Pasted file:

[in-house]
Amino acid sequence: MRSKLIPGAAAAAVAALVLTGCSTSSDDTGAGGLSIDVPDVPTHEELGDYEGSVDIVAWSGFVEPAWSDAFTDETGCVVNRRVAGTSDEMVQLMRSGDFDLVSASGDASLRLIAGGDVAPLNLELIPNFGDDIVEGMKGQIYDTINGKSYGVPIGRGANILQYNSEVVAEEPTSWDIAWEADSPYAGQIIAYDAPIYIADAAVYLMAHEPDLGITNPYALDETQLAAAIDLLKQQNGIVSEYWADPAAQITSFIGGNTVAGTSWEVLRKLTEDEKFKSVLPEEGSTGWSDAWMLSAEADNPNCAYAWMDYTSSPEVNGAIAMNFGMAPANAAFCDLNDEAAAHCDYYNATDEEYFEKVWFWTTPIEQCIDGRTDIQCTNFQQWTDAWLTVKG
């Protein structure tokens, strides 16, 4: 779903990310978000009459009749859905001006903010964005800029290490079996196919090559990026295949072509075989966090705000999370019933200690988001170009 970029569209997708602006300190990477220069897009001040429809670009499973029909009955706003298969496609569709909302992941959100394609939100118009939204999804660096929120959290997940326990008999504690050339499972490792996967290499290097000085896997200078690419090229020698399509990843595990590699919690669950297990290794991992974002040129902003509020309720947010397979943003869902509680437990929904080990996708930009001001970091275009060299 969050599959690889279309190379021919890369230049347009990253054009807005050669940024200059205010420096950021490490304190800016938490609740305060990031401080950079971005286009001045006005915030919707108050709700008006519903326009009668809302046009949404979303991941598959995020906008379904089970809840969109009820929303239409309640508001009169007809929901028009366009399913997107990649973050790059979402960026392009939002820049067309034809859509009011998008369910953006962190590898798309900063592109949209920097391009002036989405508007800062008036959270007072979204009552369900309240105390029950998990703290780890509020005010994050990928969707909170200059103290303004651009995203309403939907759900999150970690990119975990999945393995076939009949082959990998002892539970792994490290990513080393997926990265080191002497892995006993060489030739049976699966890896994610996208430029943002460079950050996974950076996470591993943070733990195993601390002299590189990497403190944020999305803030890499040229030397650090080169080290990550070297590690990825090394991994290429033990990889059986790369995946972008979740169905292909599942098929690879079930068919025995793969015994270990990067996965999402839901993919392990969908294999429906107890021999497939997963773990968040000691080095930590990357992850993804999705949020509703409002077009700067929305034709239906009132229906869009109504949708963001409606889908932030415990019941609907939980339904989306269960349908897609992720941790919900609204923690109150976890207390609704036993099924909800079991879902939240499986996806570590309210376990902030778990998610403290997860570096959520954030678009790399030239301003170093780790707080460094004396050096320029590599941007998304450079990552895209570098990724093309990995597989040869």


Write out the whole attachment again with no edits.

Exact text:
[in-house]
Amino acid sequence: MRSKLIPGAAAAAVAALVLTGCSTSSDDTGAGGLSIDVPDVPTHEELGDYEGSVDIVAWSGFVEPAWSDAFTDETGCVVNRRVAGTSDEMVQLMRSGDFDLVSASGDASLRLIAGGDVAPLNLELIPNFGDDIVEGMKGQIYDTINGKSYGVPIGRGANILQYNSEVVAEEPTSWDIAWEADSPYAGQIIAYDAPIYIADAAVYLMAHEPDLGITNPYALDETQLAAAIDLLKQQNGIVSEYWADPAAQITSFIGGNTVAGTSWEVLRKLTEDEKFKSVLPEEGSTGWSDAWMLSAEADNPNCAYAWMDYTSSPEVNGAIAMNFGMAPANAAFCDLNDEAAAHCDYYNATDEEYFEKVWFWTTPIEQCIDGRTDIQCTNFQQWTDAWLTVKG
């Protein structure tokens, strides 16, 4: 779903990310978000009459009749859905001006903010964005800029290490079996196919090559990026295949072509075989966090705000999370019933200690988001170009 970029569209997708602006300190990477220069897009001040429809670009499973029909009955706003298969496609569709909302992941959100394609939100118009939204999804660096929120959290997940326990008999504690050339499972490792996967290499290097000085896997200078690419090229020698399509990843595990590699919690669950297990290794991992974002040129902003509020309720947010397979943003869902509680437990929904080990996708930009001001970091275009060299 969050599959690889279309190379021919890369230049347009990253054009807005050669940024200059205010420096950021490490304190800016938490609740305060990031401080950079971005286009001045006005915030919707108050709700008006519903326009009668809302046009949404979303991941598959995020906008379904089970809840969109009820929303239409309640508001009169007809929901028009366009399913997107990649973050790059979402960026392009939002820049067309034809859509009011998008369910953006962190590898798309900063592109949209920097391009002036989405508007800062008036959270007072979204009552369900309240105390029950998990703290780890509020005010994050990928969707909170200059103290303004651009995203309403939907759900999150970690990119975990999945393995076939009949082959990998002892539970792994490290990513080393997926990265080191002497892995006993060489030739049976699966890896994610996208430029943002460079950050996974950076996470591993943070733990195993601390002299590189990497403190944020999305803030890499040229030397650090080169080290990550070297590690990825090394991994290429033990990889059986790369995946972008979740169905292909599942098929690879079930068919025995793969015994270990990067996965999402839901993919392990969908294999429906107890021999497939997963773990968040000691080095930590990357992850993804999705949020509703409002077009700067929305034709239906009132229906869009109504949708963001409606889908932030415990019941609907939980339904989306269960349908897609992720941790919900609204923690109150976890207390609704036993099924909800079991879902939240499986996806570590309210376990902030778990998610403290997860570096959520954030678009790399030239301003170093780790707080460094004396050096320029590599941007998304450079990552895209570098990724093309990995597989040869």